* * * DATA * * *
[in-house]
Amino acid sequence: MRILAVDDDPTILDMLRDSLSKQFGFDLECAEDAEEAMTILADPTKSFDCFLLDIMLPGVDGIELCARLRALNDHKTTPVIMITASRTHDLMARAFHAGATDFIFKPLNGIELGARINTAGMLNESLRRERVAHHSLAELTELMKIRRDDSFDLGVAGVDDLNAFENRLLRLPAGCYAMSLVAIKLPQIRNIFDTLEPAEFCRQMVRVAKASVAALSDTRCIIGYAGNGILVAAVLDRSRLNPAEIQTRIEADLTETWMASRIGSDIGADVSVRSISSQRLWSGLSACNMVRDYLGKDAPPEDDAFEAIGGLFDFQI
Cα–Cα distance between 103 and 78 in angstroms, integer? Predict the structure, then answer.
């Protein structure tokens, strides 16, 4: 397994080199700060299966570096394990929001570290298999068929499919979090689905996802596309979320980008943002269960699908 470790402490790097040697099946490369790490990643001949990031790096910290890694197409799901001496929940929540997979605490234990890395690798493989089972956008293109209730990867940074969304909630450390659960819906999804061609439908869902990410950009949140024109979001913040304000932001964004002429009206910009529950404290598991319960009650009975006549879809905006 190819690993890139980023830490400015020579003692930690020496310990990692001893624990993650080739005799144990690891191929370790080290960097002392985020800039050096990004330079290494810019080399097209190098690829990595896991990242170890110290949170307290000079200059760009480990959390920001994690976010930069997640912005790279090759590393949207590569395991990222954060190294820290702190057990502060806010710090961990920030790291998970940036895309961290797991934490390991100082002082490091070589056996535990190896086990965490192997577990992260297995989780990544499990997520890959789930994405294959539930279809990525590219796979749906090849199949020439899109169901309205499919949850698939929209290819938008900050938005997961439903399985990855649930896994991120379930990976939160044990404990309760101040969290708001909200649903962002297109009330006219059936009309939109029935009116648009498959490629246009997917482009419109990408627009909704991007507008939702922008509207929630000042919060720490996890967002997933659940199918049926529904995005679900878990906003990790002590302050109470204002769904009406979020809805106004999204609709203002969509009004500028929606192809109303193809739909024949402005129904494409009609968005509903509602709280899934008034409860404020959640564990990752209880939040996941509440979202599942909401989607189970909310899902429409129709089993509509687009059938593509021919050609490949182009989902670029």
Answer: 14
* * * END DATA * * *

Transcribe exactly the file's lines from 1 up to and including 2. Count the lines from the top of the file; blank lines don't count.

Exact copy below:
[in-house]
Amino acid sequence: MRILAVDDDPTILDMLRDSLSKQFGFDLECAEDAEEAMTILADPTKSFDCFLLDIMLPGVDGIELCARLRALNDHKTTPVIMITASRTHDLMARAFHAGATDFIFKPLNGIELGARINTAGMLNESLRRERVAHHSLAELTELMKIRRDDSFDLGVAGVDDLNAFENRLLRLPAGCYAMSLVAIKLPQIRNIFDTLEPAEFCRQMVRVAKASVAALSDTRCIIGYAGNGILVAAVLDRSRLNPAEIQTRIEADLTETWMASRIGSDIGADVSVRSISSQRLWSGLSACNMVRDYLGKDAPPEDDAFEAIGGLFDFQI